When are Paralegals Illegal?

When they are not properly paid. A number of law firms and corporate employers consider paralegals to be exempt from overtime. At the federal level, the Department of Labor (DOL) has stated that most paralegals lack sufficient specialized education to qualify for the learned professional exemption and are therefore not exempt from overtime. In this regard, the State of California generally applies more strict standards and will likely follow the DOL.Nor is it likely that paralegals could qualify as exempt from overtime under the other most common exemptions. Specifically, paralegals typically do not qualify for the executive exemption (which requires that the job include the management of the business or a recognized department of the business as well as the regular management of two or more employees, among other things) or the administrative exemption (which provides that the primary duty of the job is non-manual work related to business operations or management policies). Further, these exemptions generally require that the employee regularly (meaning more than 50% of the time) exercise discretion and independent judgment. By contrast, paralegals often work under the direct supervision of an attorney and/or under strict guidelines. Accordingly, most paralegals will not qualify as exempt from overtime.

This blog is presented under protest by the law firm of Ervin Cohen & Jessup LLP.  It is essentially the random thoughts and opinions of someone who lives in the trenches of the war that often is employment law–he/she may well be a little shell-shocked.  So if you are thinking “woohoo, I just landed some free legal advice that will fix all my problems!”, think again.  This is commentary, people, a sketchy overview of some current legal issue with a dose of humor, but commentary nonetheless; as if Dennis Miller were a lawyer…and still mildly amusing.  No legal advice here; you would have to pay real US currency for that (unless you are my mom, and even then there are limits).  But feel free to contact us with your questions and comments—who knows, we might even answer you.  And if you want to spread this stuff around, feel free to do so, but please keep it in its present form (‘cause you can’t mess with this kind of poetry).  Big news: Copyright 2014.  All rights reserved; yep, all of them.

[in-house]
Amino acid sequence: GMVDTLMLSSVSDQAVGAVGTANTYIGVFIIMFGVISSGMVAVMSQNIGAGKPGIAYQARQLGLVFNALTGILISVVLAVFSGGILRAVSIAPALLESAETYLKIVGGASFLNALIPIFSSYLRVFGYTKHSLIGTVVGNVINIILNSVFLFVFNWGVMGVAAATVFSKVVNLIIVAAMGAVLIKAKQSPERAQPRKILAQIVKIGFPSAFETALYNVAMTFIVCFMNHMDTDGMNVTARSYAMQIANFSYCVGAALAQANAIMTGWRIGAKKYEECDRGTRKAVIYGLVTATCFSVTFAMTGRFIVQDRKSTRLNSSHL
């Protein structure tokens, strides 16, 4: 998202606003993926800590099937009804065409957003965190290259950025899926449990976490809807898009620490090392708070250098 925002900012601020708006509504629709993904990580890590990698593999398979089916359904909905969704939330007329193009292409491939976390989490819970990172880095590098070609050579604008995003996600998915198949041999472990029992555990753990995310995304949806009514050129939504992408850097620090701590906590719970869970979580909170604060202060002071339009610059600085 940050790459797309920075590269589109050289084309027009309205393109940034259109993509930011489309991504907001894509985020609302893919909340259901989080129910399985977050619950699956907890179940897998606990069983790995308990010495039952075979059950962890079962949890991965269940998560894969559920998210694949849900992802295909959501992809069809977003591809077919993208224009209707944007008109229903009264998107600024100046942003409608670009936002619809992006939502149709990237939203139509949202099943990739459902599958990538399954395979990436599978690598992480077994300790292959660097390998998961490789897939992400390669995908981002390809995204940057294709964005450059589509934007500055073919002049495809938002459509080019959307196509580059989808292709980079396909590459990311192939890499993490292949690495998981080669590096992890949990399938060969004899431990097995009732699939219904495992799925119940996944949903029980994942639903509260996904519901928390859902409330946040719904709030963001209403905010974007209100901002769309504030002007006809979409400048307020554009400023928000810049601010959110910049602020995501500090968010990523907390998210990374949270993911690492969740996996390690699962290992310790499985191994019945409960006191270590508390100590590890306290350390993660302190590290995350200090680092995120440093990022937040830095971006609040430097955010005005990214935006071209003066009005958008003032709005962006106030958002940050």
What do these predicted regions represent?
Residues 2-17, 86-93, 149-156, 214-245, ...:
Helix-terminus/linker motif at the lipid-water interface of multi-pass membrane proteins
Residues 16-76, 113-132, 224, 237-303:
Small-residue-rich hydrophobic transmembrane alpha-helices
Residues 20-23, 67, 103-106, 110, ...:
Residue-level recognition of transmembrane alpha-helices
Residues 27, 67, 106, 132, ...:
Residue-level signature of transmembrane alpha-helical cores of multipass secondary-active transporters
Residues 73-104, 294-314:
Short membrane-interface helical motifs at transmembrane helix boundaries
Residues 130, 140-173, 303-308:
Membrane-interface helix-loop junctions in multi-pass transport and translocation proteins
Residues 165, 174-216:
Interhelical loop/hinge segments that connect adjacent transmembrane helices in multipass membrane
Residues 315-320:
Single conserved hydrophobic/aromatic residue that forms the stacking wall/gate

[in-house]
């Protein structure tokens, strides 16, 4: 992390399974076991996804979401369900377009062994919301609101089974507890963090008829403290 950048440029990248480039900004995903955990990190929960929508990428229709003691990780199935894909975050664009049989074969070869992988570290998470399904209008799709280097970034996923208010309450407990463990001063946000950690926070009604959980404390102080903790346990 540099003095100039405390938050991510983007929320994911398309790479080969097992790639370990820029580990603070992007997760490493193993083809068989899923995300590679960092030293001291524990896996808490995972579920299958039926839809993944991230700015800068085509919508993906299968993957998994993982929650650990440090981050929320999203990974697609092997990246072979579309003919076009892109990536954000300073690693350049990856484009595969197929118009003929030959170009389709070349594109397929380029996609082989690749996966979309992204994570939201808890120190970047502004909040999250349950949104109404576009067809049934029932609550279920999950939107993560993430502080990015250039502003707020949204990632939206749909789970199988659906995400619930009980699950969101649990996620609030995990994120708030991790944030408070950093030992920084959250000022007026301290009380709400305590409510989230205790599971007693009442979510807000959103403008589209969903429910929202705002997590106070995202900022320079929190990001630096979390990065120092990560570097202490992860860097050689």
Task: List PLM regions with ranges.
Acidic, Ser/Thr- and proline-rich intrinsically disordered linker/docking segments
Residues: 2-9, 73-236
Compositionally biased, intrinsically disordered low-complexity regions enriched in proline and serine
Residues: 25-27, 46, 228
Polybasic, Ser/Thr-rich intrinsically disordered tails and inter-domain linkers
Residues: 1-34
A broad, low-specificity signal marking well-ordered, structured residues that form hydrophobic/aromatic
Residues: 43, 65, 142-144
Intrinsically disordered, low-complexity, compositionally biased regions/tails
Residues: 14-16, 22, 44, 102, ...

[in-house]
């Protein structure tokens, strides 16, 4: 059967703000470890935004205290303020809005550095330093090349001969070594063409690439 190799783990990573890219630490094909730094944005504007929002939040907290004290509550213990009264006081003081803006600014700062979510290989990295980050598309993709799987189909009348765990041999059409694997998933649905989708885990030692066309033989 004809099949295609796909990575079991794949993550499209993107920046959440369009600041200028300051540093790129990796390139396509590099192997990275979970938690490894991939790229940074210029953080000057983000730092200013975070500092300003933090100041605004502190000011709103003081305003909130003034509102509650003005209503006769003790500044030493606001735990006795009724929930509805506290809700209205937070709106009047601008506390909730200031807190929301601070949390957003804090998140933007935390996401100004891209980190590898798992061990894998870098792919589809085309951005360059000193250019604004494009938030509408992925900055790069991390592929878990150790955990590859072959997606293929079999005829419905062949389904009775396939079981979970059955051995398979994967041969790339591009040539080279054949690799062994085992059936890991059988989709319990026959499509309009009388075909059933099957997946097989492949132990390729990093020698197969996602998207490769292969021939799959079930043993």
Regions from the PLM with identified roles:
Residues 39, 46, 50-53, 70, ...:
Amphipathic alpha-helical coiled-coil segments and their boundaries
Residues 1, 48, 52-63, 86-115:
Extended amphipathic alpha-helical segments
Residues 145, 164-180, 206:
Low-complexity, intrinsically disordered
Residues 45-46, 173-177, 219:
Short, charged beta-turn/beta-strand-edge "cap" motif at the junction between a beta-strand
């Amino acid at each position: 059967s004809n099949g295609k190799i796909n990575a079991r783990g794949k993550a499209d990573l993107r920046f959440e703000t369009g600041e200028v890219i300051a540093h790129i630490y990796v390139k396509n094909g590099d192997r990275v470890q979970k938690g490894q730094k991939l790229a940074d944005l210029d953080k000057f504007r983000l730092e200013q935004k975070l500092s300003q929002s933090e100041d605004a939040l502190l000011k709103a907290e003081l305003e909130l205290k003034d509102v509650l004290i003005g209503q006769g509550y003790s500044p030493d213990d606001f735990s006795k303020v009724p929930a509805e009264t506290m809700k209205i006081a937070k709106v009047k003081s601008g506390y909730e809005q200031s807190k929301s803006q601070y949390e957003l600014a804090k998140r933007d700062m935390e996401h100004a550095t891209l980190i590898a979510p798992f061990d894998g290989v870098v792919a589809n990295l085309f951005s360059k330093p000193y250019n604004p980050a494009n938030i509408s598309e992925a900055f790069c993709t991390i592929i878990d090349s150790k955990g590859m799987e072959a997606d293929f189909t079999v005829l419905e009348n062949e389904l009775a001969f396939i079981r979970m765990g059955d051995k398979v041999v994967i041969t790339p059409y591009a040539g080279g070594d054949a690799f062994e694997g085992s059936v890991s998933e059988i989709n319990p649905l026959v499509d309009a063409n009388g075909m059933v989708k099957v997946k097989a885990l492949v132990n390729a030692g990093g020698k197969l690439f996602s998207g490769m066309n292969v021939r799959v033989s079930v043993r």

If you have any questions about this article, contact the writer directly, assuming he or she was brave enough to attach their name to it.  If you have any questions regarding this blog or your life in general, contact Kelly O. Scott, Esq., commander in chief of this blog and Head Honcho (official legal title) of ECJ’s Employment Law Department, at (310) 281-6348.

Tags: DOL


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